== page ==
Idaho Democrats, like State Republicans, unite against Patriot Act - State platform calls for repeal of contested sections in anti-terrorism legislation

Betsy Z. Russell
Spokesman-Review Staff writer

June 22, 2004

BOISE, IDAHO Idaho's Democratic Party, like the state's Republican Party, has added a plank to its party platform critical of the USA Patriot Act.

"It's not often we agree," said Carolyn Boyce, state Democratic Party chairwoman. "Democrats have always felt that there were just some real problems in some of those provisions."

Like the Republican plank, the Democratic platform plank approved at the state party convention over the weekend raises concerns about sections of the anti-terrorism act that impact civil liberties, but it goes a step further by calling for repeal of those sections.

"We believe that federal, state and local governments should protect the public from terrorist attacks, but should do so in a rational and deliberative fashion," the Democratic platform states. "We believe that certain provisions of the USA Patriot Act, rewritten FBI guidelines and numerous executive orders have eroded fundamental constitutional protections and jeopardized basic freedoms. We urge the repeal of provisions of the USA Patriot Act and other laws and regulations that infringe on civil rights and liberties."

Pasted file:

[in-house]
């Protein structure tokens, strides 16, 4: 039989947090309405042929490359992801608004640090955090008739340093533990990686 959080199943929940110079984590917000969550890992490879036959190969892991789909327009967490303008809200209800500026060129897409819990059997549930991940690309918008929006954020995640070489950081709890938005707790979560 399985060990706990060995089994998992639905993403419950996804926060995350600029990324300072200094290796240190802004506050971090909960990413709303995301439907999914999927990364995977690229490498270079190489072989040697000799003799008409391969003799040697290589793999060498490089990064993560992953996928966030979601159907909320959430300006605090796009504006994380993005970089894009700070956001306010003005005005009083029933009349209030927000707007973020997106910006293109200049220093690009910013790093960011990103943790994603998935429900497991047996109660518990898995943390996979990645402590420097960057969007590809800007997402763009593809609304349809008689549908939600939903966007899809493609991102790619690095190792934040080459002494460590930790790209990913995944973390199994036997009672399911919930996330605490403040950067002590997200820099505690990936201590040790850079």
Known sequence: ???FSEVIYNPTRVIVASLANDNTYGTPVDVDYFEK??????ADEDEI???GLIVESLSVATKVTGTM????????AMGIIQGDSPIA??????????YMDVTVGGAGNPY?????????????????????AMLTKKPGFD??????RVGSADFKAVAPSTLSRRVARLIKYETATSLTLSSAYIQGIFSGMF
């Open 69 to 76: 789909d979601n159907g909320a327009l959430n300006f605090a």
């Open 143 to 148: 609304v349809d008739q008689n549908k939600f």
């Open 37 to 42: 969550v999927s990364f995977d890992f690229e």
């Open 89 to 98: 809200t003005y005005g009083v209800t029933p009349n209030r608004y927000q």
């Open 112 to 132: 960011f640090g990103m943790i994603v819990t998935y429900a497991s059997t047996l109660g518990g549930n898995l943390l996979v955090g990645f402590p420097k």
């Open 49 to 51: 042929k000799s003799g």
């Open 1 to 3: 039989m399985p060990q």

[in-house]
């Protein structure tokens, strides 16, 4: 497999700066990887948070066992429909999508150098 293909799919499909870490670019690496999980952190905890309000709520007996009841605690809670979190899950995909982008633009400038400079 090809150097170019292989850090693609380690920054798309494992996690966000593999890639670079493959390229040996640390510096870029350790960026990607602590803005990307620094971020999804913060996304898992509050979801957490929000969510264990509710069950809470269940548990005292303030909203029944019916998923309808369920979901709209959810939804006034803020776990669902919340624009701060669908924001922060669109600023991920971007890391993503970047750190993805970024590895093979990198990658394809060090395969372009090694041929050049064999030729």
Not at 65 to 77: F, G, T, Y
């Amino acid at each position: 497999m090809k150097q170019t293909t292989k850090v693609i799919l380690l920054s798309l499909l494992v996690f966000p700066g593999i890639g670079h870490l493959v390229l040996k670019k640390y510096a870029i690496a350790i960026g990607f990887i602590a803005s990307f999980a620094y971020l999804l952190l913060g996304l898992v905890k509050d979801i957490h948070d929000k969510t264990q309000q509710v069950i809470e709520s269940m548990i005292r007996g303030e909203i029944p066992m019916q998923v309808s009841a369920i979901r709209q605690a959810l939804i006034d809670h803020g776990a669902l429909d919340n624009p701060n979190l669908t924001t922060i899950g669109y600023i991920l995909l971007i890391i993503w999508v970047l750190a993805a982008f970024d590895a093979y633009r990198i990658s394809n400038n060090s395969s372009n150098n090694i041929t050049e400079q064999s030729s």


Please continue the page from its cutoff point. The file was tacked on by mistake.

There was little debate about the provision, mainly because it came up repeatedly at platform hearings around the state, Boyce said. So when the party put together a preliminary platform based on the hearings, the Patriot plank was among its provisions.

"I didn't hear anybody stand up in opposition to that plank," Boyce said. "I think amongst Democrats there are pretty strong feelings."

At the state party convention in Pocatello, many hours went into debates on the detailed wording of other platform provisions dealing with such hot-button issues as abortion rights, same-sex marriage and the environment.

"Democrats in the last few years have been sort of divided on a lot of things," Boyce said. "I saw a very united convention. I saw the union people, all the groups coming together. I've read that it's happening nationwide Democrats are really coming together. They want Bush out of there."

She added, "Even the things that we disagreed on at the end of the convention everybody just came together with a goal to go out and work to get rid of George Bush."

Idaho, which voted 67.2 percent for Bush in 2000, is dominated by Republicans, who hold 78 percent of the seats in the state Legislature, all but one of the statewide elected offices and all four seats in the congressional delegation.



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